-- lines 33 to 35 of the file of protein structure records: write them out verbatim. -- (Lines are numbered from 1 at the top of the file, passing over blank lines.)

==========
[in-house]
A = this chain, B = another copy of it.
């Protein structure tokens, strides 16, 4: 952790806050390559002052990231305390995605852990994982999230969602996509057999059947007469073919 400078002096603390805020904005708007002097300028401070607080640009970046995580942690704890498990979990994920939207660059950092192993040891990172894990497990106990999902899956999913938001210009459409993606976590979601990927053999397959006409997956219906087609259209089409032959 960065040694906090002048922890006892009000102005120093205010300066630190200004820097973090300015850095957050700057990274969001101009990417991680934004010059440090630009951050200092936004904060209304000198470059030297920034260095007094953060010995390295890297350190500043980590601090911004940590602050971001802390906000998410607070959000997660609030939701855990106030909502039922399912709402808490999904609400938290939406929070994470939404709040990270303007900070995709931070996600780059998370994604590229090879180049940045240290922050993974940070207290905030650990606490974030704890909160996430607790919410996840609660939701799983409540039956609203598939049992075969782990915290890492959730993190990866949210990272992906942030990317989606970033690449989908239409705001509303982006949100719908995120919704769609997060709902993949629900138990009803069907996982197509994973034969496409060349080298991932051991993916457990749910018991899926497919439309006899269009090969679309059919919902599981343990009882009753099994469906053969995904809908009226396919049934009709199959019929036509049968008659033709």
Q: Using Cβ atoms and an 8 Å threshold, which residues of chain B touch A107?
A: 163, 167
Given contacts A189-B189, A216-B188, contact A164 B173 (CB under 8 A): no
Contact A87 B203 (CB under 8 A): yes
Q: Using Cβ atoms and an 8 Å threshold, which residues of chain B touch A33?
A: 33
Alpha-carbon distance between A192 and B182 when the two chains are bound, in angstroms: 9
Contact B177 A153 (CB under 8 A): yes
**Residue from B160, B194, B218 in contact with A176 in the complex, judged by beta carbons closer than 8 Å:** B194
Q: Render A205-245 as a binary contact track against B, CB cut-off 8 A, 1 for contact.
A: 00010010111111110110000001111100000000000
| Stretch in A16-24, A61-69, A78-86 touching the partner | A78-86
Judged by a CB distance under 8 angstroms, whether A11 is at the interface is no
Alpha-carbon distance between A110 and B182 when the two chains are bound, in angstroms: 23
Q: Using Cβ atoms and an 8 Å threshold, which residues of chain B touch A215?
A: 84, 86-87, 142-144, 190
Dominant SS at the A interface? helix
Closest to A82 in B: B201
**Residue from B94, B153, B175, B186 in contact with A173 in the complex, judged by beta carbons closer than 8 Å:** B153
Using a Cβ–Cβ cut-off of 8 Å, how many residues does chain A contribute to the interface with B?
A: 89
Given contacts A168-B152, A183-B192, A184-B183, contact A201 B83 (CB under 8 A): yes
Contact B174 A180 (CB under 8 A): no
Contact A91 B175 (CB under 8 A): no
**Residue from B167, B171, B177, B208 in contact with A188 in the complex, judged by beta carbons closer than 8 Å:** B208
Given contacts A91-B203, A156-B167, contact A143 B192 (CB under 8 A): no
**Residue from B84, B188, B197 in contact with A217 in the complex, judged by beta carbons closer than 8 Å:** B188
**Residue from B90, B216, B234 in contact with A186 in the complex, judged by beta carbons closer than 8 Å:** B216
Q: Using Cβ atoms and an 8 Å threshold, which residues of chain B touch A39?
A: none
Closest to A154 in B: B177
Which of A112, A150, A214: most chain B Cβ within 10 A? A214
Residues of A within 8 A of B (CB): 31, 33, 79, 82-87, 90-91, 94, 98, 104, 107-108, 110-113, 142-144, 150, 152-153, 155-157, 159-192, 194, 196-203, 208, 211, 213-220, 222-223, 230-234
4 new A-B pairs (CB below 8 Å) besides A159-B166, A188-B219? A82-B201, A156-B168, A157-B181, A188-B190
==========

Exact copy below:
A: none
Closest to A154 in B: B177
Which of A112, A150, A214: most chain B Cβ within 10 A? A214